Enterprise Value vs Equity Value
In this article, we discuss Enterprise Value and Equity Value in length, how they work, their differences, and explore the various avenues of their utility.
Enterprise Value vs Equity Value is a debate faced during a company takeover. Both are methods of company valuation and form the foundation of various valuation multiples, but each functions differently. Based on the nature of the industry and business strategies, one method is preferred over the other—no regulatory obligations surrounding their usage. The final decision lies with the valuation firms facilitating the merger.
Overview of Enterprise Value Vs Equity Value
Every company is made of various classes of assets and liabilities. When a business is considered for a potential takeover, it is natural for the acquirer to employ different financial models to arrive at a realistic acquisition cost. This includes accounting for the book value and the market value of all tangible and intangible aspects of the new business.
Enterprise Value (EV)
The easiest way to estimate a company’s market value is to calculate the market capitalization (market cap). Simply multiply the total number of outstanding shares by the price per share. However, this outlook has heavy limitations. Market cap only considers common shares. A company’s capital structure has many more aspects beyond common shares as well. This is the primary difference between enterprise value vs market cap.
Enterprise Value (EV) is a comprehensive company valuation method that involves all aspects of company ownership. It goes a step beyond the market cap and accounts for all outstanding debt plus net cash (including cash equivalents). It is a detailed, theoretical calculation of a company’s worth in the market. Needless to say, investors and big businesses looking to invest or take over a new business rely more on EV to understand the extent of profits and liabilities arising out of an acquisition. Another important aspect of enterprise value vs market cap is that market cap fluctuates based on trading trends while the former does not.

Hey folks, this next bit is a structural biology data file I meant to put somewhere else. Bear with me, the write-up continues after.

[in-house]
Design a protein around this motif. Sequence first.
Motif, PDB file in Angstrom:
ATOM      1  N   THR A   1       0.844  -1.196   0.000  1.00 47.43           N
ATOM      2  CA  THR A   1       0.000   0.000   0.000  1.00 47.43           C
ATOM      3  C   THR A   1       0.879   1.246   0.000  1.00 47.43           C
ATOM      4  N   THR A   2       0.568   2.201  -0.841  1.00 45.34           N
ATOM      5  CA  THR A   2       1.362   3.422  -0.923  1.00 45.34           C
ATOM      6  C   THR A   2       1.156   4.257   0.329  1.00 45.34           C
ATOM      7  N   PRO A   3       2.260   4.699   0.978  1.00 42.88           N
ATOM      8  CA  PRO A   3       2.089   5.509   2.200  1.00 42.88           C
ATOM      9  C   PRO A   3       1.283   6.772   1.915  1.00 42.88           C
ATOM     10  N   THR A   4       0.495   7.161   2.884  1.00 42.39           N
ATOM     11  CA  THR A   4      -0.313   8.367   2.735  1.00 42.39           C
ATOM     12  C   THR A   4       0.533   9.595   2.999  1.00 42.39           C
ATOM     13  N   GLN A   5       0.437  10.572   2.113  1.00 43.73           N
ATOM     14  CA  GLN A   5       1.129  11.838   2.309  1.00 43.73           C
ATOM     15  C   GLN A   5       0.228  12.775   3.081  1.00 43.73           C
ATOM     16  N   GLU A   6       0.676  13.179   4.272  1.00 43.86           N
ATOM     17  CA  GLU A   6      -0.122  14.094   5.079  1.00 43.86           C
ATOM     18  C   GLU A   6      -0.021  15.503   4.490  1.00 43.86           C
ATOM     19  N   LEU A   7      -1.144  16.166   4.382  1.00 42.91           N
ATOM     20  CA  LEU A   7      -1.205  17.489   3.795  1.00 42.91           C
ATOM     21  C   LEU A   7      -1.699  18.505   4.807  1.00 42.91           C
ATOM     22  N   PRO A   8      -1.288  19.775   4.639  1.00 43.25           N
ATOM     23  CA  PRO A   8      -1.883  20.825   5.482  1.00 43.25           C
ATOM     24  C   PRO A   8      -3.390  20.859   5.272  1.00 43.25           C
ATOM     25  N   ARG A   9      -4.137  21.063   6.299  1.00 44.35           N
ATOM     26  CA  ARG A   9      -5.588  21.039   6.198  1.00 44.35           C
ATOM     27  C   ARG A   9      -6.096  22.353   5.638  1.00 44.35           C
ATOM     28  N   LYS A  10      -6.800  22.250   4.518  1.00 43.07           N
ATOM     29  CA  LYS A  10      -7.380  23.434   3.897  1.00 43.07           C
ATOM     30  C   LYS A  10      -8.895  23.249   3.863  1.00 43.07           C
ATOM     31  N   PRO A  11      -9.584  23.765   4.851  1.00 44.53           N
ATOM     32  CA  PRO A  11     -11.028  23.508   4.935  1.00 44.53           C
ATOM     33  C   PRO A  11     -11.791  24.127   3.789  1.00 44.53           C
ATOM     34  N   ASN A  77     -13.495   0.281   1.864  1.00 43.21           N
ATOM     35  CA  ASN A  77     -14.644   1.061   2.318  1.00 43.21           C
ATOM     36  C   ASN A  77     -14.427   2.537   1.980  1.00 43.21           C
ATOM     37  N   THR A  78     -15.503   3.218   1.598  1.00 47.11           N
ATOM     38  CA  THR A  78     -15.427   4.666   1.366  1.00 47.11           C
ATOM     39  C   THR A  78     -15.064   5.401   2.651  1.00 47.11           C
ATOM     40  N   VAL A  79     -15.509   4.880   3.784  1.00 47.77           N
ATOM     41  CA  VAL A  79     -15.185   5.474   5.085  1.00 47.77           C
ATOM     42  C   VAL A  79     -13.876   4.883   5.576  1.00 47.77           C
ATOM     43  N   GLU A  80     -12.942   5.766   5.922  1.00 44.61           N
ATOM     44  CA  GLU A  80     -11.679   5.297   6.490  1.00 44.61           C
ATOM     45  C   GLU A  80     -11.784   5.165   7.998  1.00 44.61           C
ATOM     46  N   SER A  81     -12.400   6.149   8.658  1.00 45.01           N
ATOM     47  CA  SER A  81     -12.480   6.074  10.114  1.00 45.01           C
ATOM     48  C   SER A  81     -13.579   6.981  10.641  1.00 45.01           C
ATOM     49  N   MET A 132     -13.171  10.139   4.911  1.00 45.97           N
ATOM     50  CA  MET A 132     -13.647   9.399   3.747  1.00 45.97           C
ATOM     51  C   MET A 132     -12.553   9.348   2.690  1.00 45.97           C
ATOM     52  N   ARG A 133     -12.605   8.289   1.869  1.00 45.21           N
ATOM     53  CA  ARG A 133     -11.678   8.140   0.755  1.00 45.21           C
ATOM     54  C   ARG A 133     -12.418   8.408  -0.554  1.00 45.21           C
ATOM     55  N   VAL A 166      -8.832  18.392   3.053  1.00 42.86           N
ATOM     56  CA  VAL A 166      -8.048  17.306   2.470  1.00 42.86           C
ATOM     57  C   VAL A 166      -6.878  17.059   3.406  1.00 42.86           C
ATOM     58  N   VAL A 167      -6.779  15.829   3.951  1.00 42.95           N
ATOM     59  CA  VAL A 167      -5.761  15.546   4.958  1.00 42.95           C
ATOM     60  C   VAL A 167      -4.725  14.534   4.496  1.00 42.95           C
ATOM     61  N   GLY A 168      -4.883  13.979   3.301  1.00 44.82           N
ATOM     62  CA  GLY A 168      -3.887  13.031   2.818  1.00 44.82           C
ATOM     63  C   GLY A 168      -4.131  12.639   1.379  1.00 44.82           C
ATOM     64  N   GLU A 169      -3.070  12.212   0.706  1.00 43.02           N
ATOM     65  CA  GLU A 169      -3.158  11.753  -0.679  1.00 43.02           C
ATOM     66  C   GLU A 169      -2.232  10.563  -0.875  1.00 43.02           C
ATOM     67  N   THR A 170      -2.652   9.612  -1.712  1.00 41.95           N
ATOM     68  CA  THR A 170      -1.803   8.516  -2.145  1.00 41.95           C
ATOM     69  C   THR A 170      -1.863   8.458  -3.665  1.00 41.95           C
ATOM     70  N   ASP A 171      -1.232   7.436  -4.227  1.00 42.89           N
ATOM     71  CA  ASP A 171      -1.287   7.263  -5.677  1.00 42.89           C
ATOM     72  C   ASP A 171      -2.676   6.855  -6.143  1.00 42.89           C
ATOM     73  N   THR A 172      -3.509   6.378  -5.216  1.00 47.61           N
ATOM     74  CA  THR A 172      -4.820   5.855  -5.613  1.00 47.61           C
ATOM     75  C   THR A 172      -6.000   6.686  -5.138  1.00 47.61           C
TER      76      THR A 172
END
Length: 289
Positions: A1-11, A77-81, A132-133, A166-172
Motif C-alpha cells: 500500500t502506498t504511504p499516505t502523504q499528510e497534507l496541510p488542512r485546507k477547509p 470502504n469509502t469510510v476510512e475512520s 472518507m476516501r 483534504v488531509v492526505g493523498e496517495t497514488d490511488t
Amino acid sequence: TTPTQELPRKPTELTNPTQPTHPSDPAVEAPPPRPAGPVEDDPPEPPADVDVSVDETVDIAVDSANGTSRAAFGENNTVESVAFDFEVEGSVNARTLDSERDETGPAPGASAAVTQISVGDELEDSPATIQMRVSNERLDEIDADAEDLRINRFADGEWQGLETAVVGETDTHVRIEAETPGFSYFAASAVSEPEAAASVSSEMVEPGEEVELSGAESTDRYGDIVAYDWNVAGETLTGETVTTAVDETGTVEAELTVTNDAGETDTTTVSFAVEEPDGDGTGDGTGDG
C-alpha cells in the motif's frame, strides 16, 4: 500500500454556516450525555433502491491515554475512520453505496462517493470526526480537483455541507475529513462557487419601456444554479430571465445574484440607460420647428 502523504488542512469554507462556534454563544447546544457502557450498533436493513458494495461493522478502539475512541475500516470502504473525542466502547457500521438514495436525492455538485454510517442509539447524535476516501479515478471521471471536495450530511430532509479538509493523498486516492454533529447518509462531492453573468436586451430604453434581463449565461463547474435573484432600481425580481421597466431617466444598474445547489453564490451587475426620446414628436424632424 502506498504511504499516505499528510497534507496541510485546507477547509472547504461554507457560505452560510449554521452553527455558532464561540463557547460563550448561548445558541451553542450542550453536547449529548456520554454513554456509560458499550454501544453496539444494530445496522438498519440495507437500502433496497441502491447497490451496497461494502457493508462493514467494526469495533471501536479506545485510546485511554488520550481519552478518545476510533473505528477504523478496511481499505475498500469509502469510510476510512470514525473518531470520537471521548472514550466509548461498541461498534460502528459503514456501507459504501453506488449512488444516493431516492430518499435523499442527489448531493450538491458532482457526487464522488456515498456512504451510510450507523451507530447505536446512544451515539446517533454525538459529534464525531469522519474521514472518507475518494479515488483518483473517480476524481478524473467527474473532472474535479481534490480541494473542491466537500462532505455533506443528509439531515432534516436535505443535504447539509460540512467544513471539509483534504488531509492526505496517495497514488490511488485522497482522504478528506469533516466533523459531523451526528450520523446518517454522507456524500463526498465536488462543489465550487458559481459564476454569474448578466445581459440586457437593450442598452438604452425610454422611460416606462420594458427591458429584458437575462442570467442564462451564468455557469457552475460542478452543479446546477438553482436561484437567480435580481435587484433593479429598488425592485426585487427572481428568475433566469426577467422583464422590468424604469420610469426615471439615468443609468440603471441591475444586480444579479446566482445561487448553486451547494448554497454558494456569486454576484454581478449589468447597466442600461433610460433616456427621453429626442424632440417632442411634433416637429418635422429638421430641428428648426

As the name suggests, equity value is the total share value of a company. It is often used interchangeably with the market cap but is not the same. Market cap only accounts for common shares, while equity value accounts for common shares along with preferred shares and convertible notes. These are generally considered as debt extended by shareholders. They do not immediately reflect as issued stock but convert on a later date. For all practical purposes, they are company stocks and they must be accounted for. It even goes a step further to include the value of all outstanding shares.
Enterprise Value vs Equity Value, when compared, reveal valuable information to two different groups of stakeholders. The former provides a holistic view of a company. It helps investors make profitable decisions, while the latter concentrates on net share value and helps shareholders and company management understand the company’s present health and make necessary changes to enhance profits.
Key Differences Between Enterprise Value and Equity Value
Since equity value is dependent on stock prices, in a way, it is an integral part of enterprise value calculations. But as a standalone company valuation metric, the differences between these two are quite obvious. Here are some of the aspects where enterprise value (EV) and equity value differ:
- Industry focus – EV is a diverse and holistic company valuation metric. It works well for all industries except banking, insurance, and those operating with high debt levels as a business strategy (e.g. heavy machinery). Equity value, though dependent on stock market fluctuations, applies to all types of industries.